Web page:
BIO 203

Interactions with other Organisms 

Surprisingly enough the Hibiscus rosa-sinensis’ leaves provide a great home to a fungus called Phyllosticta discoreae, which has hyphal tips that grow on the ends of the dead leaves of the Hibiscus rosa-sinensis. The fungus Phyllosticta discoreae is currently being researched for its production of Taxol. The Taxol that is produced by the fungus Phyllosticta discoreae is the same Taxol that is found in the Pacific Yew Tree. This makes the Hibiscus rosa-sinensis the first angiosperm to have the fungus associated with Taxol produced on its leaves. However, there is still research currently being done on this, to help increase the production of the drug Taxol (since the fungus itself does not produce as much Taxol is the Pacific Yew). This mutualistic relationship is one that could end up potentially saving lives.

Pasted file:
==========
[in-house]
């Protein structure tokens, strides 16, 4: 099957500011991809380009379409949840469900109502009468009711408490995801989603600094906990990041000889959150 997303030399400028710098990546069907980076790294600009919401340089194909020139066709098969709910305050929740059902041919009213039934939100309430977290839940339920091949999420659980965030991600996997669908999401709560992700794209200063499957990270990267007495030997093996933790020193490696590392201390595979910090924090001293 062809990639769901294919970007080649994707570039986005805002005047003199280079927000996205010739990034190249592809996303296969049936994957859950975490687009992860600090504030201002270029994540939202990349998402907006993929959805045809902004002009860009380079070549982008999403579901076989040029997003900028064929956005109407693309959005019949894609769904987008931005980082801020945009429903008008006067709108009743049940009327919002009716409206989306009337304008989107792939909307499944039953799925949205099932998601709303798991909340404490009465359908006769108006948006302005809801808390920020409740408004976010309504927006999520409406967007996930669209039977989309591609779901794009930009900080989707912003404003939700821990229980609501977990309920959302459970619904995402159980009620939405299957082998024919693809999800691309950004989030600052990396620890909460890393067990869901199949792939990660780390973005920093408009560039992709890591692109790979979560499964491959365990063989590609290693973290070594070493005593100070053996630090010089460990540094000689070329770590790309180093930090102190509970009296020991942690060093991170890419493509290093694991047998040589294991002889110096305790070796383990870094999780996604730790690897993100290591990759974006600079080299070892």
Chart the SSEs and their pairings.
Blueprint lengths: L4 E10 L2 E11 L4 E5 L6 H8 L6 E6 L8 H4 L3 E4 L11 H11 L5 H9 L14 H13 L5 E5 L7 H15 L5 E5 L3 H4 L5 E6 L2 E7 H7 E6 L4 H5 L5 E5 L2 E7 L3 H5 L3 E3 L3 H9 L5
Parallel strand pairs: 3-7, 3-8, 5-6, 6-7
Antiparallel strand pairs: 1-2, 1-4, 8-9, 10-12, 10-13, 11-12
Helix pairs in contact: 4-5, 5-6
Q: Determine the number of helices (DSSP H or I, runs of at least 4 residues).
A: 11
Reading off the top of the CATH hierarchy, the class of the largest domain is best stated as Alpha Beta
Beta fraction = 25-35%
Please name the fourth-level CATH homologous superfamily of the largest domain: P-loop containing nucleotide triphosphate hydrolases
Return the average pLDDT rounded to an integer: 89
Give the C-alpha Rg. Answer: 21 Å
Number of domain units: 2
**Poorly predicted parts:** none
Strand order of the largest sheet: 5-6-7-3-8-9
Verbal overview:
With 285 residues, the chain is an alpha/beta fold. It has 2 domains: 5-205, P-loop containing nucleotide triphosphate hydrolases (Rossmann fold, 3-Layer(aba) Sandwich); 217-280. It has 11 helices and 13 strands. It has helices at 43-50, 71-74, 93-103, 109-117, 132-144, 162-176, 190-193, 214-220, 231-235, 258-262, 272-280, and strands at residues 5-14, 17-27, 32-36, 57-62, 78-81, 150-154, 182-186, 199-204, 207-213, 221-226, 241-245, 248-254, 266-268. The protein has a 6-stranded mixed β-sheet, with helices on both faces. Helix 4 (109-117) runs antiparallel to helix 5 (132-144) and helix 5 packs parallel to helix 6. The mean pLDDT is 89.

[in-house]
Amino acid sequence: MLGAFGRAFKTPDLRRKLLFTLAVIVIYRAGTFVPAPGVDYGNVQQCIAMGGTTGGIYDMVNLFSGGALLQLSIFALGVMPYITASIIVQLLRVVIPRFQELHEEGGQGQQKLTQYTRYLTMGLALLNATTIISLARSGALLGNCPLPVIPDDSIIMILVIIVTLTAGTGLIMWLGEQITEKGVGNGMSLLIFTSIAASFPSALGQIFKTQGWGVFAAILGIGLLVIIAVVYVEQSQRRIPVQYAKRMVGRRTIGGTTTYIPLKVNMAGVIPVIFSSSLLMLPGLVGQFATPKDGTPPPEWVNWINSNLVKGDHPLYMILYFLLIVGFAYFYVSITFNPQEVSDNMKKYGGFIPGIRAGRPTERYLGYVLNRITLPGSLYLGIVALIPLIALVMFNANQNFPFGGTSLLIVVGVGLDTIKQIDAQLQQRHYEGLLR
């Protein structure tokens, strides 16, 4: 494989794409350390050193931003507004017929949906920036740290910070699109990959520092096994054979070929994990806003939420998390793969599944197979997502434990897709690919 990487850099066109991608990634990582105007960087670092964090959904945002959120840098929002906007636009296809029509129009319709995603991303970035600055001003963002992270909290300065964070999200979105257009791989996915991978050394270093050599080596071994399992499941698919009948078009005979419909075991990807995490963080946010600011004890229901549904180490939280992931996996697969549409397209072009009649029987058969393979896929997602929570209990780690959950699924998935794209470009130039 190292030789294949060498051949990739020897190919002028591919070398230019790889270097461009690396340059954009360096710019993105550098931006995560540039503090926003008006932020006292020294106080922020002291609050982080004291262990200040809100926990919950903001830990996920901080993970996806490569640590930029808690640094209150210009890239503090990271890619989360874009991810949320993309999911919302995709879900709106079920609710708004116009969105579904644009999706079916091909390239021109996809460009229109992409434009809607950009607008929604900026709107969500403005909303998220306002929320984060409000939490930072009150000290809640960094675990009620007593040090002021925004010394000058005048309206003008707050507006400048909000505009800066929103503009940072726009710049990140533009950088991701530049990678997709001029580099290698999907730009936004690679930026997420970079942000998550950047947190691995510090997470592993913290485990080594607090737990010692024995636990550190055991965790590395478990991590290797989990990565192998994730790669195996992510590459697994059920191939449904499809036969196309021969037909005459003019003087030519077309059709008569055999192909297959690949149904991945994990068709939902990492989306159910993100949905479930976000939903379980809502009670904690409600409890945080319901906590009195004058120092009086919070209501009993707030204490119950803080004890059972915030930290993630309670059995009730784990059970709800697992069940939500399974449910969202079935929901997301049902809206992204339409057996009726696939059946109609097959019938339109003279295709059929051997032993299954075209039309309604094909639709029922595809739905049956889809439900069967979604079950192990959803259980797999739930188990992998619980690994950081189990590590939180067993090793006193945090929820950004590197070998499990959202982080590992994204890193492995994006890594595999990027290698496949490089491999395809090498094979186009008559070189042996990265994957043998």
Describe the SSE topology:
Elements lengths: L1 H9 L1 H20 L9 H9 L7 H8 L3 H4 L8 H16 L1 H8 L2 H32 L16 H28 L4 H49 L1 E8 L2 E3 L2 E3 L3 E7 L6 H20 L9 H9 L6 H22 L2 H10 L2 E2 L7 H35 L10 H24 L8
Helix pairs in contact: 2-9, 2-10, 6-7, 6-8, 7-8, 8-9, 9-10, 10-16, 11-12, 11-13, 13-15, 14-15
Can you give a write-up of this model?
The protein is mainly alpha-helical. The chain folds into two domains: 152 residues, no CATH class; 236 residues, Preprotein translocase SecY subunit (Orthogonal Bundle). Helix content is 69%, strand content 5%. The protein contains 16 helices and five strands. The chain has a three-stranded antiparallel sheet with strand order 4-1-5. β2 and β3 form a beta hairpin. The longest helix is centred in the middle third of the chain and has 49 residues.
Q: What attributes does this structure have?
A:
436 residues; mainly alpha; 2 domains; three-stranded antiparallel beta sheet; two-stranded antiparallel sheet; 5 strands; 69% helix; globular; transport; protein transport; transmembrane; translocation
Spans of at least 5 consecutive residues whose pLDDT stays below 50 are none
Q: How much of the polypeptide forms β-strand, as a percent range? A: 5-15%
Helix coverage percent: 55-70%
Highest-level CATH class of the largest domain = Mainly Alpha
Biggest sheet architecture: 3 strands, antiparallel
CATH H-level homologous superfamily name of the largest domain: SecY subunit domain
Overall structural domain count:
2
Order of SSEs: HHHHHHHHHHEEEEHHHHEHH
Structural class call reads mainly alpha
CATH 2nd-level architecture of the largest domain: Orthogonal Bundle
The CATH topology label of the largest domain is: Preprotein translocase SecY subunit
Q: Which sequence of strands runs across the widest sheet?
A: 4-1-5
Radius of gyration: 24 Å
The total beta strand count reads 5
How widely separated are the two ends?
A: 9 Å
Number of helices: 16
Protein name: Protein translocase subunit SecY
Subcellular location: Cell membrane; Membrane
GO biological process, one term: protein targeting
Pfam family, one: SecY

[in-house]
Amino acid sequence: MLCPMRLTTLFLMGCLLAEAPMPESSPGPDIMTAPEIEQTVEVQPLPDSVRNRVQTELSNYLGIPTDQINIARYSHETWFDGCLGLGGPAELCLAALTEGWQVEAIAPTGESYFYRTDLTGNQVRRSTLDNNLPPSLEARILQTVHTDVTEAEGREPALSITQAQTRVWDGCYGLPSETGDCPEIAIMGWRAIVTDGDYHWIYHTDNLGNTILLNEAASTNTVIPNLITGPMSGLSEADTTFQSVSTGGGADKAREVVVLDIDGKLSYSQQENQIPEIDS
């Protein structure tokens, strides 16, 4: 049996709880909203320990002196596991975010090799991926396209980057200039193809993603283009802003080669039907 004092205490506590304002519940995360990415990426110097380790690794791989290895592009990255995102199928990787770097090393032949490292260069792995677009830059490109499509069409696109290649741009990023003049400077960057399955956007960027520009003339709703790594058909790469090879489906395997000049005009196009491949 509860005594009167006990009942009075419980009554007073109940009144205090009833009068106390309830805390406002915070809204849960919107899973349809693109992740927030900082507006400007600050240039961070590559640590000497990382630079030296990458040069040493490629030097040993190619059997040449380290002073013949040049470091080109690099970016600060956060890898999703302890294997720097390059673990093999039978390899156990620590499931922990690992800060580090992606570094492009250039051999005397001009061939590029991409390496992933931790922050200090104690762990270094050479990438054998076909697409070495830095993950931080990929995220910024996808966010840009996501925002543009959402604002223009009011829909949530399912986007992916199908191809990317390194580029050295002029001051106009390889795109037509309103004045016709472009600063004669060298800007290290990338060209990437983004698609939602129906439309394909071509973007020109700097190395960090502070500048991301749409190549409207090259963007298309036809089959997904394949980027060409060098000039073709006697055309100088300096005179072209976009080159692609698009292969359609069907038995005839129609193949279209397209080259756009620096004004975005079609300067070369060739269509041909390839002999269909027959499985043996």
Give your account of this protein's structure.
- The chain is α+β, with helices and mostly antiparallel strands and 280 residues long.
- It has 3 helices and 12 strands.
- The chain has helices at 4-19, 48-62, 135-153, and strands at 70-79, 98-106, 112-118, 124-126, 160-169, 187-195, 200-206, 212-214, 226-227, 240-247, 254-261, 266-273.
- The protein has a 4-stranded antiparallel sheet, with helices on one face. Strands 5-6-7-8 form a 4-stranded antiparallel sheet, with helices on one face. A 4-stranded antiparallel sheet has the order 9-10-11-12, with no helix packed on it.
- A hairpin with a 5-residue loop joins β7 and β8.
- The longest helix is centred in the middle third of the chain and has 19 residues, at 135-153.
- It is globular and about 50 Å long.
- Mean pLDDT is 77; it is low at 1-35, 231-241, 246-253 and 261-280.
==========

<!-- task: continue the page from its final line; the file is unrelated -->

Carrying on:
This angiosperm is a primary producer in the ecosystem that it resides in. A primary producer provides energy for all other organisms in the ecosystem. The Hibiscus rosa-sinensis provides food for the Hibiscus beetle. This beetle eats the leaves of the Hibiscus rosa-sinensis. There are many other organisms that live in the same habitat as the Hibiscus rosa-sinensis. The Hibiscus rosa-sinenesis does not have any detrimental effects on humans. If anything the plants help beautify their yards and provide oxygen for them via photosynthesis.


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